WASHINGTON (CNS) -- Too much is unknown to predict how Pope Benedict XVI might change the Vatican's approach to world affairs, said panelists at a Washington forum April 29.
But speakers at the program of the Pew Forum on Religion and Public Life drew on bits of information about the former Cardinal Joseph Ratzinger's philosophy to suggest the new pope would be a peacemaker, including in the Middle East, and might well continue his predecessor's efforts to bring world religions together.
They also suggested a pope with a lower public profile than that of the late pope might be healthy for the Church.
Raymond Flynn, ambassador to the Holy See from 1993-97, told of arriving in Italy to take that job and meeting with Pope John Paul II to discuss the U.S. government's diplomatic interests at the Vatican, including working for peace in the Middle East. After the pope noted that Flynn would be working with then-Archbishop Jean-Louis Tauran, the Vatican's foreign minister, he added, according to Flynn, "if I had any problems I was to talk to Ratzinger -- that's how he said it."
Pope John Paul added that then-Cardinal Ratzinger was "very committed" to peace in the Middle East. "He wants to see this happen," Flynn said he was told by the pope.
Flynn said the biggest challenge to the new pope's peacemaking efforts will be to bring together leaders of various religious faiths "so they can step over the political leaders" and encourage peace efforts by the people of their countries.
"I think he can do it," he said.
Newsweek contributing editor Kenneth L. Woodward, who has covered religion for the magazine since 1964, pointed out that under Pope John Paul, the Holy See became a more significant player in world events than it had been since the Renaissance era. Nations including the United States and Great Britain established formal diplomatic relations with the Vatican and progress was made toward ties with even Russia and China, he said.
Woodward said he would expect Pope Benedict to make few changes in how the Church approaches relationships with European nations and to continue to pursue peace and justice around the world.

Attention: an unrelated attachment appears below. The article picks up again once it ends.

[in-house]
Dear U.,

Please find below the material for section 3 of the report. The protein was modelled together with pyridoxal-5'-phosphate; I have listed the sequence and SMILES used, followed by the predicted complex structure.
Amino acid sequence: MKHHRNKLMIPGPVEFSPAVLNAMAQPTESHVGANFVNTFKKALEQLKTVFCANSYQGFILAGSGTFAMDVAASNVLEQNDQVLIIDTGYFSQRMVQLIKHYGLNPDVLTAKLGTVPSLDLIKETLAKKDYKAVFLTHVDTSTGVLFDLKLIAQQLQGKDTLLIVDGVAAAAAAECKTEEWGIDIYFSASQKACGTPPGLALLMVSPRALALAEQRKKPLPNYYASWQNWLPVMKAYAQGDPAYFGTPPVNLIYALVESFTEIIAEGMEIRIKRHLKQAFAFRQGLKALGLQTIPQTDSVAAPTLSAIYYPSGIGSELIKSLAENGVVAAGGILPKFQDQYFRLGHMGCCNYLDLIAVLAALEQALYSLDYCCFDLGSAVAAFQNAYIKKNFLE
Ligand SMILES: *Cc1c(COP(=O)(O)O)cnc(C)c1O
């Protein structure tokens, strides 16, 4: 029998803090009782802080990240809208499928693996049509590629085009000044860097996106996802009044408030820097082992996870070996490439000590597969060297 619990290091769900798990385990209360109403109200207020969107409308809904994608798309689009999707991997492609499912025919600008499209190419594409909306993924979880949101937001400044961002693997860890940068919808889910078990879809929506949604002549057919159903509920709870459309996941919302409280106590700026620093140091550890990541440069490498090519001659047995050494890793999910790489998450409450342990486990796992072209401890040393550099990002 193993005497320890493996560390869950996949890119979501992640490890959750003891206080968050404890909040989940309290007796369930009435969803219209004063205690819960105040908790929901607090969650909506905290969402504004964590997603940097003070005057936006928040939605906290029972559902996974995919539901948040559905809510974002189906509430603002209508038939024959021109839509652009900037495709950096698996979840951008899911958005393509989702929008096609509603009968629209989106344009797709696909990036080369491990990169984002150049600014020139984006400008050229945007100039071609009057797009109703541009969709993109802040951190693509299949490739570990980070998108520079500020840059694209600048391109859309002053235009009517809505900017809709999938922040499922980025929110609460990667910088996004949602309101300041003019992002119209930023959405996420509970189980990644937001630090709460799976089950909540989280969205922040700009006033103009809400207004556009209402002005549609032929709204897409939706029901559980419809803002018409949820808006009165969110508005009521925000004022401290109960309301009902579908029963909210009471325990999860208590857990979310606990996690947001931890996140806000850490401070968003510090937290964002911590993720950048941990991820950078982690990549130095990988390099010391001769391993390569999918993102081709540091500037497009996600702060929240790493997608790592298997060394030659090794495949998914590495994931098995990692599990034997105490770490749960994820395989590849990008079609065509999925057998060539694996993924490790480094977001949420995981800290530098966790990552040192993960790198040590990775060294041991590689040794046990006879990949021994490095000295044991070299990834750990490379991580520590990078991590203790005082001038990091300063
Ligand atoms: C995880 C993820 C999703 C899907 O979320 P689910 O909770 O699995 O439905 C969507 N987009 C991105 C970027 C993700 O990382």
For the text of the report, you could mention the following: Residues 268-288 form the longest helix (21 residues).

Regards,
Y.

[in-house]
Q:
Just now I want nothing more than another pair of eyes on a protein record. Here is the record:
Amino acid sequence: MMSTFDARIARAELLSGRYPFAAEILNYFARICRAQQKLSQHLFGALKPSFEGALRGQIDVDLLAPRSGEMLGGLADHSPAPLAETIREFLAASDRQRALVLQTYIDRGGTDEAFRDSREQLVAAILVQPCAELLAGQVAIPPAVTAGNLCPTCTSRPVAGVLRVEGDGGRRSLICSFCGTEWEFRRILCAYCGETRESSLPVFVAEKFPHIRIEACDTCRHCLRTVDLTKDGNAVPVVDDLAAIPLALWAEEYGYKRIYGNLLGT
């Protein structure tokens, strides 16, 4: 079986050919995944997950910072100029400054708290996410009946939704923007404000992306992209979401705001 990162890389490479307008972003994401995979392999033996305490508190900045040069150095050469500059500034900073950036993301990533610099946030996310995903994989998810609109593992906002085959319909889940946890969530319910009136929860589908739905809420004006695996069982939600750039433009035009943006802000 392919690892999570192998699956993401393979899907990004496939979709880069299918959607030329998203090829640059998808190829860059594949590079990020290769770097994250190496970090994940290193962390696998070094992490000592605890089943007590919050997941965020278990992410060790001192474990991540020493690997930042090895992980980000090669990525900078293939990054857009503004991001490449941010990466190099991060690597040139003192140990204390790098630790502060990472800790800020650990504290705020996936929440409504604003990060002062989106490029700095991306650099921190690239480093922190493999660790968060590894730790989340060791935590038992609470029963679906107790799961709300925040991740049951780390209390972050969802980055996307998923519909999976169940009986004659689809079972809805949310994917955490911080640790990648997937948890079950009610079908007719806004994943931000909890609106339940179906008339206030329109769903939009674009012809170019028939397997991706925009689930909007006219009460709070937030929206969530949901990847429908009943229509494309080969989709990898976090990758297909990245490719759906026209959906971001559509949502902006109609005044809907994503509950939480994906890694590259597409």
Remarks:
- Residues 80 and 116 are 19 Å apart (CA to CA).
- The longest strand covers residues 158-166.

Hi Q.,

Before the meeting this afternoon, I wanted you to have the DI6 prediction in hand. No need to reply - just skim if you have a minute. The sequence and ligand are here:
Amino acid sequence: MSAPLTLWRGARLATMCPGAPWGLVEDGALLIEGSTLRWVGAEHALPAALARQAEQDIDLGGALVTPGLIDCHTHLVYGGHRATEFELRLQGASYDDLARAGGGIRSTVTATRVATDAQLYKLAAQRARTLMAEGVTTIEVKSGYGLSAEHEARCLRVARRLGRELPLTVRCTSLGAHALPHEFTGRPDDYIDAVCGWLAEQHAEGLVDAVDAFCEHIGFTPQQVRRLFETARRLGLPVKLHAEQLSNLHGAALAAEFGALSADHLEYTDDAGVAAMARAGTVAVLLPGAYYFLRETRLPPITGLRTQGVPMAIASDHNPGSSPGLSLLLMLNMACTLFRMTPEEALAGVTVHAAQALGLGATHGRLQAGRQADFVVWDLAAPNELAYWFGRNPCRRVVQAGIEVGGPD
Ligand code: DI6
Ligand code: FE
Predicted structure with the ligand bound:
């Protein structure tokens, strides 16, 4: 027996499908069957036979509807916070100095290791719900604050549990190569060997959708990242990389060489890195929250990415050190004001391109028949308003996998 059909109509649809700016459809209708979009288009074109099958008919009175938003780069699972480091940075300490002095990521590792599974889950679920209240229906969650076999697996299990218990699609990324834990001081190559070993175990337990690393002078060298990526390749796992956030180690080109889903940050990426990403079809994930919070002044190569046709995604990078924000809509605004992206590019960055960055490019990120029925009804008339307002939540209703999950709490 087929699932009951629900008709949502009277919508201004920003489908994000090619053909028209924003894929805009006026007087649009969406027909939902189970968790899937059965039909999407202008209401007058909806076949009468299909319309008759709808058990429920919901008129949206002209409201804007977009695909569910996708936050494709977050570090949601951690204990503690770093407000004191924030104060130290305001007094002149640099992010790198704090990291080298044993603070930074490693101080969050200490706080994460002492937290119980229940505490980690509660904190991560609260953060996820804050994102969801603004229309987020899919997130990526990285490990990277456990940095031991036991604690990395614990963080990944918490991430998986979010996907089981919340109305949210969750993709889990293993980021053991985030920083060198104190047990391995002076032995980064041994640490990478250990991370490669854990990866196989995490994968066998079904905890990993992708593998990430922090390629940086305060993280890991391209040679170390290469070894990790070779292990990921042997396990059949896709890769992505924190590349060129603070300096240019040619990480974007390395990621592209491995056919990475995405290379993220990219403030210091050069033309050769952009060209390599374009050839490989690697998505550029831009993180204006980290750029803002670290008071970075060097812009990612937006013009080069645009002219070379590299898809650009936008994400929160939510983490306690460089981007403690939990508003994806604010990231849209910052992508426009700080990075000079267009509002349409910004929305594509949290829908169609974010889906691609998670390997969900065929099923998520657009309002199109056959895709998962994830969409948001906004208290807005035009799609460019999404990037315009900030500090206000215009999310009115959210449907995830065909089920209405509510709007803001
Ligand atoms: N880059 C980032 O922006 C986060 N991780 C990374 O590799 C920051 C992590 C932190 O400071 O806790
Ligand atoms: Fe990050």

Less certain is how the new pope will approach the question of whether the Vatican might back down from its strict opposition to the use of condoms in areas where HIV/AIDS is rampant, he said.
"I'm not so sure this pope is quite so intractable on this as his predecessor was," Woodward said, adding that it might depend upon what Benedict hears on the topic from the bishops of Africa.
A third panelist at the forum, Father J. Bryan Hehir, a professor of religion and public life at Harvard University and president of Catholic Charities for the Boston Archdiocese, was even more reluctant than Woodward and Flynn to try to predict the direction Pope Benedict might take the Vatican and devoted much of his commentary to discussing the differences in challenges for the new pope and his predecessor.
Pope Benedict stepped into a very changed world from the one that faced Pope John Paul in 1978, Father Hehir said.
The late pope became the head of the Church at a time when the world's politics and problems were much more black-and-white. Since then, the Cold War has ended, political boundaries have become less clearly defined and relationships of governments have gone from interdependence to globalization, he explained.
Pope John Paul was largely responsible for bringing human rights to the fore as a factor in world politics, for one thing, said Father Hehir.
He also changed the Vatican's political style.
"John Paul II often ran counter to the wishes of his own state department," he said, "and he won."
He also reshaped Church teaching on human rights, war and peace and economic justice, Father Hehir said. It wasn't so much that he changed the teachings as pushed them further than they had been in the past, he added.
Because most of the official documents of the Vatican are written as collaborations, and are not just the work of the pope, Father Hehir said, he expects continuity in most areas. In other ways, however, too little is known about Pope Benedict to predict what sort of a face he'll bring to the papacy, the priest said.
"We don't know what his pastoral style will be," he said. "He's not been a highly visible, pastoral person."
Flynn said in some ways the attention of the last 26 years to the individual at the head of the Church has been misdirected.
"We've been putting too much emphasis on the pope as a person," Flynn said. "There should be more emphasis on Mrs. O'Malley," meaning average Catholics.
"We shouldn't be looking to the Vatican for every point ... about the faith," he said.
Woodward said it might be a good thing for the Church if Pope Benedict is more of a stay-at-home, low-profile kind of pope than Pope John Paul was.
Much of the recent image of the Church and the papacy has been directly related to the personal charisma of Pope John Paul II, Woodward said. A pope who is not as highly visible in all the workings of the Church would open the opportunity for the world's cardinals to become more of the voice of the Church, he said.
"We might see that the cardinals have something to say, something worth listening to," Woodward said.
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